James Farmer


"I abhor violence," insists James Farmer, the National Director of CORE, "but I love a battle."

Although he usually restricts himself to verbal combat, Farmer sometimes leads forays into the field. In 1961, his first year as CORE chief, he directed and rode on the first Freedom Ride--thereby earning himself a month in a Mississippi jail. During August of 1963 he narrowly evaded pursuing Louisiana Klansmen by hiding in a mortuary and slipping out in the back of a hearse.

Relaixng in a Quincy House living room last week before his speech to the Young Democrats, Farmer re-called making a recent Bogalusa protest march despite numerous death threats. "As we were walking along the street, the State Police grabbed a man about twelve feet away just as he was pulling a metal pipe out of his coat. A little further along, another man was caught reaching for a revolver. Just then someone let off a fire-cracker and nearly scared us all to death."

Although CORE has stuck to its non-violent creed while pioneering sit-ins, stand-ins, and other "in" demonstrations, members in Louisiana are often protected by the Deacons, a weapon-carrying Negro group formed for defense purposes. Says Farmer: "If the law enforcement officers of the city, county, and state fail to do their jobs, then people have the constitutional right to defend themselves. We've worked very closely with the Deacons, and though they're separate, it's very comforting to have them around."

Not one to shirk danger, Farmer nevertheless pointedly stayed out of Los Angeles during the Watts riot. "No individual can stop a riot once it's gotten started," he states. "The most you can do is take the rioter's grievances and articulate them." Farmer tried doing just that during the Harlem riots in 1964, and soon found himself accused of leading the riot.

Moreover, Farmer had a personal reason for staying out of Watts: He was attempting to have a brief vacation with his family on their small Pennsylvania farm. Farmer, who works 18 hours a day and spends three fourths of the year traveling, seldom gets to see his two daughters, ages 4 and 7. "I'm a stranger to them," he says sadly. Farmer's present wife, Lula, is white. He married her in 1949 while she was a volunteer CORE worker, after his first marriage ended in divorce. Asked whether his mixed marriage presents any problems, Farmer grinned: "Malcolm X used to kid me a little about it."

Farmer was friendly with Malcolm X and respected him for his integrity if not his naivete. "Malcolm was coming closer to relevance in the civil rights movement," says Farmer. "I think he could have become a positive force."

Farmer himself has worked most of his life to become such a positive force in the Negro's struggle against injustice. The grandson of a slave and the son of the first Negro Ph.D. in Texas, Farmer punctuates his conversation with references to the self-perpetuating ill effects of poor education.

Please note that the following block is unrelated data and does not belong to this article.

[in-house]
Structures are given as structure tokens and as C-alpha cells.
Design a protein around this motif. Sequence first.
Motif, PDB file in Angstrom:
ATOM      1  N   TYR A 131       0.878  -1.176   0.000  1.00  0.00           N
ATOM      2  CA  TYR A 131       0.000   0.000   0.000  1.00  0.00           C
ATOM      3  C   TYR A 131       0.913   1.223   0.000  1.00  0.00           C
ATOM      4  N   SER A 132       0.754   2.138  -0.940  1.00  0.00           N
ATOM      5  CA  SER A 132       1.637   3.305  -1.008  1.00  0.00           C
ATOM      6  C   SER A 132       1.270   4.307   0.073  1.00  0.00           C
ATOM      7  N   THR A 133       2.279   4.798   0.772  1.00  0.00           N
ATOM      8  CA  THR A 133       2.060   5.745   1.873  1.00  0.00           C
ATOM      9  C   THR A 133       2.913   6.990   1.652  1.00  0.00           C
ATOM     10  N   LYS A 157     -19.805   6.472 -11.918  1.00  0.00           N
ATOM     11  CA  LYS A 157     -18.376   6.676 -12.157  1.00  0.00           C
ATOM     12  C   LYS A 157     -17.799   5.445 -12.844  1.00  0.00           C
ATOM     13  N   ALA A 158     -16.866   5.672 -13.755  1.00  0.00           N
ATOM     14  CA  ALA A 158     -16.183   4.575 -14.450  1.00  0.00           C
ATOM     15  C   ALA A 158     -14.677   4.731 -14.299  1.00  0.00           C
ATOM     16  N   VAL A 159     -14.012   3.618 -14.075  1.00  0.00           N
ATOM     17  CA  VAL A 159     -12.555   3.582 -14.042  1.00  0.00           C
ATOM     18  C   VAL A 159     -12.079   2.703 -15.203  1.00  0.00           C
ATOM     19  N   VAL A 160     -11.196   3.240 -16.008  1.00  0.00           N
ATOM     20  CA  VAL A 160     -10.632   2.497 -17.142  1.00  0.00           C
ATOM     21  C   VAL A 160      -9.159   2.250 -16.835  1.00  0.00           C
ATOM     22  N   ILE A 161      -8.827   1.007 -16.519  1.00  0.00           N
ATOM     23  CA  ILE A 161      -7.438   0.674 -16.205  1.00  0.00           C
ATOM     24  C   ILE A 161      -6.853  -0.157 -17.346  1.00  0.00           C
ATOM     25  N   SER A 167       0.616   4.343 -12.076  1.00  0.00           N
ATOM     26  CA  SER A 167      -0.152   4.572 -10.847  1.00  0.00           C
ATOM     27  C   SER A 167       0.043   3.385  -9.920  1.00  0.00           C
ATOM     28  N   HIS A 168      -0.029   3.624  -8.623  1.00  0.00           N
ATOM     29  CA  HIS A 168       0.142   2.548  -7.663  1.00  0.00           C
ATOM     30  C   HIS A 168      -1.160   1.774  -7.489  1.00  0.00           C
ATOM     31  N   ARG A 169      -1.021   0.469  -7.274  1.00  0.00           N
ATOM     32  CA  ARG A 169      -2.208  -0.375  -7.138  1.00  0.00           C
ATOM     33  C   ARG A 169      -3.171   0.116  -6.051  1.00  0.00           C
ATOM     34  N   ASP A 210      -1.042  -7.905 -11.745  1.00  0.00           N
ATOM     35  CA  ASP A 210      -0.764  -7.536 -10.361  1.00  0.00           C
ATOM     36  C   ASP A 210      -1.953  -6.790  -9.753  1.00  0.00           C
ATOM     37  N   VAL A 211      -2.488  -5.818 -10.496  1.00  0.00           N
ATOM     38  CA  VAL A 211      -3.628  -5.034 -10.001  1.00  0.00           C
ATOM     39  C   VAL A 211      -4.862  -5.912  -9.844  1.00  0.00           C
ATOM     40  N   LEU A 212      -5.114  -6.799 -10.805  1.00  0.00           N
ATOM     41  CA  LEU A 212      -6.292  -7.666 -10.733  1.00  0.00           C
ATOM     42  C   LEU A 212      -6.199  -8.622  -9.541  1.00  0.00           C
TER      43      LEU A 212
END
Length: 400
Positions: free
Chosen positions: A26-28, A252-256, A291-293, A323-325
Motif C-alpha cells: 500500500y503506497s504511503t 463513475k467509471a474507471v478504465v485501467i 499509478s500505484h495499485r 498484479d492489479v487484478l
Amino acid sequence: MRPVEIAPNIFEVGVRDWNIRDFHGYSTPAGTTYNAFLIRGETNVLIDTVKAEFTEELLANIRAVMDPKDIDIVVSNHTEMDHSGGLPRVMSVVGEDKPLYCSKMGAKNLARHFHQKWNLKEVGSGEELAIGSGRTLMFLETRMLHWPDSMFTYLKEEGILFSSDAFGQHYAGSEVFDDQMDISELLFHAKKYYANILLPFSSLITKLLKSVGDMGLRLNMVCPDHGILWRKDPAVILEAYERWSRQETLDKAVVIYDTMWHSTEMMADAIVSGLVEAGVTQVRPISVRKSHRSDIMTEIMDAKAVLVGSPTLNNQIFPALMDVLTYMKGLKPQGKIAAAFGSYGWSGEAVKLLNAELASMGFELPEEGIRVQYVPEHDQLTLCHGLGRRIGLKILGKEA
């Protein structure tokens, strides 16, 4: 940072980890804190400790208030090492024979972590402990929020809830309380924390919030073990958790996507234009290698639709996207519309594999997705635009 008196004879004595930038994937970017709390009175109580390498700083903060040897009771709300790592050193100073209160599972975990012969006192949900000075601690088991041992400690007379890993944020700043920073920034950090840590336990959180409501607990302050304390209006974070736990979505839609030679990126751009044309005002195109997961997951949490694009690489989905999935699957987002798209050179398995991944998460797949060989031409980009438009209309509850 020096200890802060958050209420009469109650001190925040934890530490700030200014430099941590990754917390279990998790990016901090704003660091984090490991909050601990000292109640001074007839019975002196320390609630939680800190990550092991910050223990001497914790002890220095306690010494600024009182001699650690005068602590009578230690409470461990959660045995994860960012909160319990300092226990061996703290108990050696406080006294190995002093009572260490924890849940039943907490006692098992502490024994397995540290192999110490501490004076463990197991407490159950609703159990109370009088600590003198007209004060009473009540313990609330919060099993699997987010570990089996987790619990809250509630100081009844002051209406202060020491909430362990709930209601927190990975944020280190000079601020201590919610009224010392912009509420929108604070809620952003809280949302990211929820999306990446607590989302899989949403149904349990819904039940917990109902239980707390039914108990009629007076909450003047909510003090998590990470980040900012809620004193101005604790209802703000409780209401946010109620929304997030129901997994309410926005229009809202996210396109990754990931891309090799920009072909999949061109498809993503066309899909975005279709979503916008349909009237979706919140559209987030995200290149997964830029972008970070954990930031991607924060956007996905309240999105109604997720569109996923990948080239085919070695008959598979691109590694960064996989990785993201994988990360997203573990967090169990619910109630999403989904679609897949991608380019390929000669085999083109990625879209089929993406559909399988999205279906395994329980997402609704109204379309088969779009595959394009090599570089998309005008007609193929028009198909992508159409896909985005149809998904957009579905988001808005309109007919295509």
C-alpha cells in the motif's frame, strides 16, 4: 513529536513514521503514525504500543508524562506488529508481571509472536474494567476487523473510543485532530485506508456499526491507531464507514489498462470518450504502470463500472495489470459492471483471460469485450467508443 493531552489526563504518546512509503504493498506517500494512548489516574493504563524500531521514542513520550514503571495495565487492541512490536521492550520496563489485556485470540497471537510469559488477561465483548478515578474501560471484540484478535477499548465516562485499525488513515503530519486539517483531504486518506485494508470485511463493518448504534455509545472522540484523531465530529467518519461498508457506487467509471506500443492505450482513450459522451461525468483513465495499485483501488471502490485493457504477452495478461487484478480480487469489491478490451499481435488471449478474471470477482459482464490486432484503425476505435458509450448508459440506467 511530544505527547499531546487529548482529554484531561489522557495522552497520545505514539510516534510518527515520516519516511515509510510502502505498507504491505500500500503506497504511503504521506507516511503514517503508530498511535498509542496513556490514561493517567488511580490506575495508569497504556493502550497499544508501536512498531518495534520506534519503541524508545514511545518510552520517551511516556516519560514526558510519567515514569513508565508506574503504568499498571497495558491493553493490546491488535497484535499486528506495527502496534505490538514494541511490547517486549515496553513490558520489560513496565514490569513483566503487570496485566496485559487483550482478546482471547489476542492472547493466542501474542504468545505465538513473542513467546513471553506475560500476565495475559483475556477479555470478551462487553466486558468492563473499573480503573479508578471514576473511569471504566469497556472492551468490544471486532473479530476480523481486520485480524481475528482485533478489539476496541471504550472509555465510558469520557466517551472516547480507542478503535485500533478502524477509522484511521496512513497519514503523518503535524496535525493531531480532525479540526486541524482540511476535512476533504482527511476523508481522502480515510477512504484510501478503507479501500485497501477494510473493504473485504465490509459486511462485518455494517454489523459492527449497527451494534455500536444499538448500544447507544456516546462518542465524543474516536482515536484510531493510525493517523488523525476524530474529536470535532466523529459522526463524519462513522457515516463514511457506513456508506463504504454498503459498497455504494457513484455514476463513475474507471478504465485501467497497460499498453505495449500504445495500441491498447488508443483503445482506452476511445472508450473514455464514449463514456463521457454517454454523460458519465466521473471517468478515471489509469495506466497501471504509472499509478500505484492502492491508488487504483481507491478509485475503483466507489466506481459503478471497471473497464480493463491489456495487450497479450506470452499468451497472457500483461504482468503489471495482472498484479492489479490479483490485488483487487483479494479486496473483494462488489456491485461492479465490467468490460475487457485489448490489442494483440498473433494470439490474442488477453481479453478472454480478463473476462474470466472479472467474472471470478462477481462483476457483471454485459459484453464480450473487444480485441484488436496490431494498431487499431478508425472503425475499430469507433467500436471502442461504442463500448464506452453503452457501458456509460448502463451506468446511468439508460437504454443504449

His own education began in medicine, but soon ended because he couldn't stand the sight of blood. But he's not bothered when violence breaks out, "because it's usually my own blood and I can stand that." He then trained for the ministry but refused ordination because of discrimination in the church. During the war he was race-relations secretary to a pacifist organization and afterwards a labor organizer and radio commentator. Now as CORE's chief planner and spokesman, he makes over 200 speeches a year, but never uses notes or a text. "I haven't time to prepare them," he claims. Only as he approached Burr B did he ask for the exact topic and then he spoke extemporaneously for 45 minutes to a audience which twice gave him a standing ovation.

One feels like applauding Farmer even in private conversation. He is big, broad-shouldered man with the deep, forceful voice of a Biblical prophet. He is immensely articulate, though tending to hold up a reserve of measured conviction. Often he seems preoccupied and one can guess that he's ruminating on some new plan or old problem in CORE's operation.

One of his larger concerns is finance. "After the 1964 Civil Rights Bill, people think the fight is all over. They won't contribute any more money." But he adds, "We shall overcome."

Farmer praises President Johnson's federal action on behalf of the Negro. He terms Johnson "the most forth-right President we've ever hand on civil rights, including Kennedy." But on the local level, especially in the North, Farmer finds progress in the rights fight disturbingly intangible: "In the South, you can taste the hamburger in a newly integrated restaurant or sign your name on a voter registration list." But the northern effort against de facto segregation, bad housing, job shortage and police brutality is slow and frustrating, particularly to the activists, many of whom have transferred their primary allegiance to southern-based groups like SNCC.

But CORE is growing, with more than 75,000 white and Negro members already, and Farmer is pushing the battle for recruits into gin joints, pool halls and candy stores. He further solicits support for his cause in a weekly newspaper column, and in a new book, to be serialized by Playboy magazine called Freedom When. Farmer's answer is "not very soon." That's one reason why in the Negro's long struggle for freedom, CORE is lucky to have a man in command who doesn't tire of the battle.